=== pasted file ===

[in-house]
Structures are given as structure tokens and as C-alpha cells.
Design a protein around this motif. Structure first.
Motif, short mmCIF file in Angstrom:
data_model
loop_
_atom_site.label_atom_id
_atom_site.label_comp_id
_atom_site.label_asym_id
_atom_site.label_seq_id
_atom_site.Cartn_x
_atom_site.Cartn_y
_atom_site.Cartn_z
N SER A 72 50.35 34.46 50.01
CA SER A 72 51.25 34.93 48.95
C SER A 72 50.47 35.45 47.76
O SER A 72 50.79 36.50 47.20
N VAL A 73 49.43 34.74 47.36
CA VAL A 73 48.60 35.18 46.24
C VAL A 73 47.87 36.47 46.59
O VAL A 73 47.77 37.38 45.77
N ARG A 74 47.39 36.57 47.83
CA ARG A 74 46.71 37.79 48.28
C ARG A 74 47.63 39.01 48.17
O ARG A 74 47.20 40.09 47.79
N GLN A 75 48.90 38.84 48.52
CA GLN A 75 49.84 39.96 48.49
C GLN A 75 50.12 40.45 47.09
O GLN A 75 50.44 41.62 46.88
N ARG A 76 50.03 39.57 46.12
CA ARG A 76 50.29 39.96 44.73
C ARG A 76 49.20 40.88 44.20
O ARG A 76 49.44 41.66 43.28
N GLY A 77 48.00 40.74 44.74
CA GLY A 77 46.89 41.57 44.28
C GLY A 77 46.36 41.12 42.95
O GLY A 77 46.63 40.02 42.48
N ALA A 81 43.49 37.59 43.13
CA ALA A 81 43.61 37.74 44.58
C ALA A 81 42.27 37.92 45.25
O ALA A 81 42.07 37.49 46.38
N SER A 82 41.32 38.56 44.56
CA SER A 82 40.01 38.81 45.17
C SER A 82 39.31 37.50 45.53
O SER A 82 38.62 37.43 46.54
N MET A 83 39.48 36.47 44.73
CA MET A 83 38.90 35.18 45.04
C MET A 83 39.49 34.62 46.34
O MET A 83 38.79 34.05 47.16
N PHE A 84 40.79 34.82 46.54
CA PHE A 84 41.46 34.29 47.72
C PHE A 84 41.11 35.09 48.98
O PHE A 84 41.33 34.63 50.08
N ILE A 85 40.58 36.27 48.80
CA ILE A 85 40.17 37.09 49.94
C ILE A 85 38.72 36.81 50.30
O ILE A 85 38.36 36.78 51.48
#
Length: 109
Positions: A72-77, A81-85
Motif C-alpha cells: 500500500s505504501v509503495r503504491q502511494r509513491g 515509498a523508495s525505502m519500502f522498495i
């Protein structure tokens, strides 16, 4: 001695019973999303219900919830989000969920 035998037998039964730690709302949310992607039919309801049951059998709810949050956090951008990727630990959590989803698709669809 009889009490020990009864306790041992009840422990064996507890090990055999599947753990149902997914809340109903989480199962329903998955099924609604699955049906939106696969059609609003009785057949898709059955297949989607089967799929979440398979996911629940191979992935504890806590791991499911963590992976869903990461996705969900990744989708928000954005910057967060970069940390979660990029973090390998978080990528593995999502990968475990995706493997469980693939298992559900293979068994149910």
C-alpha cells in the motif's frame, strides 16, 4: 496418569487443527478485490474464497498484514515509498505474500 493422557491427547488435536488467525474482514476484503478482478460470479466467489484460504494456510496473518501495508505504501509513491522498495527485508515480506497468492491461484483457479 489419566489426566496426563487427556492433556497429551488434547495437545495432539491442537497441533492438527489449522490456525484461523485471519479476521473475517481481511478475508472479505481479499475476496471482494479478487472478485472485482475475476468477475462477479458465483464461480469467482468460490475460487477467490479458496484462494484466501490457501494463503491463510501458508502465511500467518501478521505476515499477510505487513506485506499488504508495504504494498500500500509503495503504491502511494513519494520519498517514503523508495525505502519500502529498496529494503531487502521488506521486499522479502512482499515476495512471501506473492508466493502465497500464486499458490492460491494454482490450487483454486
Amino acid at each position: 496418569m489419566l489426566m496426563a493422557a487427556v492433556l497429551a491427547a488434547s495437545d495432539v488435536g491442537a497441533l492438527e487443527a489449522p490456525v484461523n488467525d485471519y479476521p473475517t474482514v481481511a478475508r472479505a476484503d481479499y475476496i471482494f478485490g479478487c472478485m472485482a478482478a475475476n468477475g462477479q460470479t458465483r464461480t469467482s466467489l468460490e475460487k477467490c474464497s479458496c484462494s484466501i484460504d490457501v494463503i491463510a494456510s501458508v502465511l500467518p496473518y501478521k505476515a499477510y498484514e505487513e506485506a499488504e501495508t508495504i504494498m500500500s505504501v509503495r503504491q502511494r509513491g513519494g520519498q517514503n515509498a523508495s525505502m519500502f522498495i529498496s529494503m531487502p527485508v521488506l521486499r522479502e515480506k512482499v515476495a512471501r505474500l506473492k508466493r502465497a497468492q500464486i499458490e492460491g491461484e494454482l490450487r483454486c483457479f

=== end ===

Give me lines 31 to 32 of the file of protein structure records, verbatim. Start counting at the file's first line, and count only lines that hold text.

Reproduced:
CA ARG A 76 50.29 39.96 44.73
C ARG A 76 49.20 40.88 44.20